How the monster almost got away

2012-01-14 17:30

In their massive manhunt for the “monster of Modimolle”, the police more than once traced the wrong person.
This happened while Johan Kotzé was hiding in the bushes only about four kilometres from the local police station for more than a week.

City Press has learned that after a court order was obtained last week to trace Kotzé’s cellphone signal, the police apparently traced an 071 number instead of Kotzé’s 074 number. Police members apparently followed a person in the Free State for a few days before they discovered their mistake when they wanted to pounce on him but realised he wasn’t Kotzé.

Limpopo police spokesperson Brigadier Hangwani Mulaudzi said everyone was looking for Kotzé and members of the police were under great pressure to apprehend him.

“Mistakes occur in any investigation, and these officers were working 24 hours a day to arrest all the suspects.

We received many calls from people throughout South Africa who had seen Kotzé. In one instance, police members saw a white Toyota Fortuner with Free State registration plates. Those members went for it, but it wasn’t him,” Mulaudzi said.

He said they were really proud of the arrests and hard work that went into the investigation.

Lieutenant-Colonel Malesela Mogale, the police station commander in Modimolle, accompanied City Press to the site where Kotzé had allegedly been hiding. He said they never thought of looking for Kotzé so close to the town, and one of his policemen drove past the place every day.

Kotzé was arrested at about 11.45am on Wednesday at the house of his friend, Dirk van der Merwe, in Schoeman Street, Modimolle after being seen at a local shop at about 8pm the previous evening.

Ali Akbar (29), the owner of the shop, said he thought Kotzé was someone who had just come in to quickly buy a few things after a long day’s work.

Fortunately one of Akbar’s customers recognised Kotzé when he came in to buy water, tins of corned beef and cold drinks.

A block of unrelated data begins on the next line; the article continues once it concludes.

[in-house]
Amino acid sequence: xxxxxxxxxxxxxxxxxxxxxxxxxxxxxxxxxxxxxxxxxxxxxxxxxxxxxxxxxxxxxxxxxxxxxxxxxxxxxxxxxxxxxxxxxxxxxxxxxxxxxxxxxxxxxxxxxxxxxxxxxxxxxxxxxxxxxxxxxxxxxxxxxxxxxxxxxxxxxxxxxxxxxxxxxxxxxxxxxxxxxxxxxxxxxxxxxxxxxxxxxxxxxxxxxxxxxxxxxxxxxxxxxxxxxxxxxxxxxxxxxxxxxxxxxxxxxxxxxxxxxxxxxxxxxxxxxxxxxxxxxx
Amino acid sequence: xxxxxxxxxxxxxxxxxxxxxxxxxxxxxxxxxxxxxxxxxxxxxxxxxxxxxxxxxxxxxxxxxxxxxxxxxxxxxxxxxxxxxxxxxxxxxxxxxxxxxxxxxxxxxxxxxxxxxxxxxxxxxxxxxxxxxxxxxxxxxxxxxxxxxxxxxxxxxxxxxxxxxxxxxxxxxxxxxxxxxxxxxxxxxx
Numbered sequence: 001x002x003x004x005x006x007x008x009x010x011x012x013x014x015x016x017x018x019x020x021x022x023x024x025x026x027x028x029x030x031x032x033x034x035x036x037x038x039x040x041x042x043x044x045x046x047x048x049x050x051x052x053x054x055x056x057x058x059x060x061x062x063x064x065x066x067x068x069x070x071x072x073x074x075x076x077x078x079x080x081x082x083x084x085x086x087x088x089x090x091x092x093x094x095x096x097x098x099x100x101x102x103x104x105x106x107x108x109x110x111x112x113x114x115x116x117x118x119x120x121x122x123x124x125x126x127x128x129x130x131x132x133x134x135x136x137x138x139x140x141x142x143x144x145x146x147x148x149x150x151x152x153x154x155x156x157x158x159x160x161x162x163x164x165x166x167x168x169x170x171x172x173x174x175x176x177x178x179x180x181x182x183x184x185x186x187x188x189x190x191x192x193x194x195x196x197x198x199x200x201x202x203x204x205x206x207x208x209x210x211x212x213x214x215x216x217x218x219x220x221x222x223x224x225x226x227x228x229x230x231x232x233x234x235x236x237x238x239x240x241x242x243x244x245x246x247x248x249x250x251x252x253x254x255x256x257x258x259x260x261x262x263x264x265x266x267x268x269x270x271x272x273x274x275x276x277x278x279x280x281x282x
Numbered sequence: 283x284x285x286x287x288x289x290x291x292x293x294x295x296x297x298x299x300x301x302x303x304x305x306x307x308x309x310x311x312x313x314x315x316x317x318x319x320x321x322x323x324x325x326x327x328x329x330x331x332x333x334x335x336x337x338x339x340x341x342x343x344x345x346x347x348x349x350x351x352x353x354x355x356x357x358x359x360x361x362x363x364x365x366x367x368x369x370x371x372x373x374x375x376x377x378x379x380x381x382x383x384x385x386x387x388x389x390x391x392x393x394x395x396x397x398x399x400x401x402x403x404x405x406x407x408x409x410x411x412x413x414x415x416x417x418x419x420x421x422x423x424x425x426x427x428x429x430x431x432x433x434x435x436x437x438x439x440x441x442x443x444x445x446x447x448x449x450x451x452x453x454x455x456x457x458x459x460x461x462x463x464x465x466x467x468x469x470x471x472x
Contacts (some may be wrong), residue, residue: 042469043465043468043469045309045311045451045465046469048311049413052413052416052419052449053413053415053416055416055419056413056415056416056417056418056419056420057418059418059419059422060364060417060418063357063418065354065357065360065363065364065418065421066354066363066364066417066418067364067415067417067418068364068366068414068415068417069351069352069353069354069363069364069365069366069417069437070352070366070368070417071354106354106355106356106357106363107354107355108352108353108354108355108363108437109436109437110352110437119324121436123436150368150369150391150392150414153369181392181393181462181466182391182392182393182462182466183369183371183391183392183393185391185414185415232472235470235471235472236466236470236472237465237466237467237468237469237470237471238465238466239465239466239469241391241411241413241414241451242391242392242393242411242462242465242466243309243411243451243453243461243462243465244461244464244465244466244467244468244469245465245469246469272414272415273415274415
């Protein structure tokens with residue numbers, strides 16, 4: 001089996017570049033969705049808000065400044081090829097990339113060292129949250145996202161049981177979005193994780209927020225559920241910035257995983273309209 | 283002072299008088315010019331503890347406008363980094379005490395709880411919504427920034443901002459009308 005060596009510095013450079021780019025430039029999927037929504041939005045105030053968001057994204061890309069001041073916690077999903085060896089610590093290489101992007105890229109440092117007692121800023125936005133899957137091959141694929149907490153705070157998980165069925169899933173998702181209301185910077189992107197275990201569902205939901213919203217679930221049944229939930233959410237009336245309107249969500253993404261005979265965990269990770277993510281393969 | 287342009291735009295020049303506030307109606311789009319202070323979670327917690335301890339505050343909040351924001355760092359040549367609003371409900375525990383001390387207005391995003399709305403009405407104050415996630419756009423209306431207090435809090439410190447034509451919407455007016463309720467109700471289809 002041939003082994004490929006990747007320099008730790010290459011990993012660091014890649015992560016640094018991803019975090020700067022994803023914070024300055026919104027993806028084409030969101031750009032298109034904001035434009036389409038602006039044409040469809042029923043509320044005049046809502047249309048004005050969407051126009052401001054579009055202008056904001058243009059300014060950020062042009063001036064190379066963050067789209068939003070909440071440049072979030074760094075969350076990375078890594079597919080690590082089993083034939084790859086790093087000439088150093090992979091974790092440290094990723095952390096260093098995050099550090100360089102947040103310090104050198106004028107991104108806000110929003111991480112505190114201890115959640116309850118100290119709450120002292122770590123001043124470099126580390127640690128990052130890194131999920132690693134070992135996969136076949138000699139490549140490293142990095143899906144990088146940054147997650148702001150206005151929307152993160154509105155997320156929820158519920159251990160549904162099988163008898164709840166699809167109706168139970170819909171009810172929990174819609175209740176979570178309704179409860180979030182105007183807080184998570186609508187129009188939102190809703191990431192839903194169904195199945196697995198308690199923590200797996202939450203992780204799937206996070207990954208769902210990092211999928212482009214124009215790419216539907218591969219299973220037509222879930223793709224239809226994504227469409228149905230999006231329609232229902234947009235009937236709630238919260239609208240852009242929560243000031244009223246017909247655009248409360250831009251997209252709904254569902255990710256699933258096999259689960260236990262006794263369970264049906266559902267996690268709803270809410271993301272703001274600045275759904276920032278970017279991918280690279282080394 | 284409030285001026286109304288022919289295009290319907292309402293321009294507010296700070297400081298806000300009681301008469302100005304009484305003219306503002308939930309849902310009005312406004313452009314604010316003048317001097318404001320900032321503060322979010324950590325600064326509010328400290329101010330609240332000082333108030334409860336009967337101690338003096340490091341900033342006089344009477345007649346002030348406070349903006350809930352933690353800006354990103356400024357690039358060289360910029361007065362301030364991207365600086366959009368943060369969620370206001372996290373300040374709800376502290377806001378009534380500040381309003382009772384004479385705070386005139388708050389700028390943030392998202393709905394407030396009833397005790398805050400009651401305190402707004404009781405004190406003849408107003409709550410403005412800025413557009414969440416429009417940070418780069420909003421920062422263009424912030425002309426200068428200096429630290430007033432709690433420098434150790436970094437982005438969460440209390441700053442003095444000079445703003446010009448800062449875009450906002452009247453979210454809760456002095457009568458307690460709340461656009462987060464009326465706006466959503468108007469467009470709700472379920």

“He was doing his shopping calmly and wasn’t at all nervous. The woman phoned the police, who arrived here only five minutes after he had left. I didn’t know who he was,” Akbar said.

It’s not known where Kotzé was when the police did a careful search of Modimolle and the surrounding bush, nor how he came from the other side of town on foot without anyone seeing him.

Van der Merwe, a dental technician, said it was a great shock when he turned around at the laboratory next to his house and found himself face-to-face with Kotzé.

“I had taken my pistol and was looking for him myself the previous day when I heard he was in Modimolle. I didn’t find him. When he arrived at my house, I didn’t know whether he was armed and was going to shoot me or not.”

Van der Merwe confirmed that Kotzé took some blank pages out of a notebook of his shortly before Kotzé tricked his estranged wife, Ina Bonnette (42), into seeing him last Tuesday.

“I told him on that day to write out a nice story for her,” Van der Merwe said.

City Press understood that the police found two pages at the scene in which Kotzé apparently outlined his grisly deeds and a “hitlist” containing the names of Bonnette’s daughter and her parents, whom he apparently also wanted to murder.

“Ina’s parents realised something was wrong when neither she nor Conrad (her murdered son) answered their cellphones, but they received calls from Kotzé. They didn’t answer them,” Van der Merwe said.

Mulaudzi said he couldn’t confirm or deny the contents of the pages or the existence of a “hitlist”.

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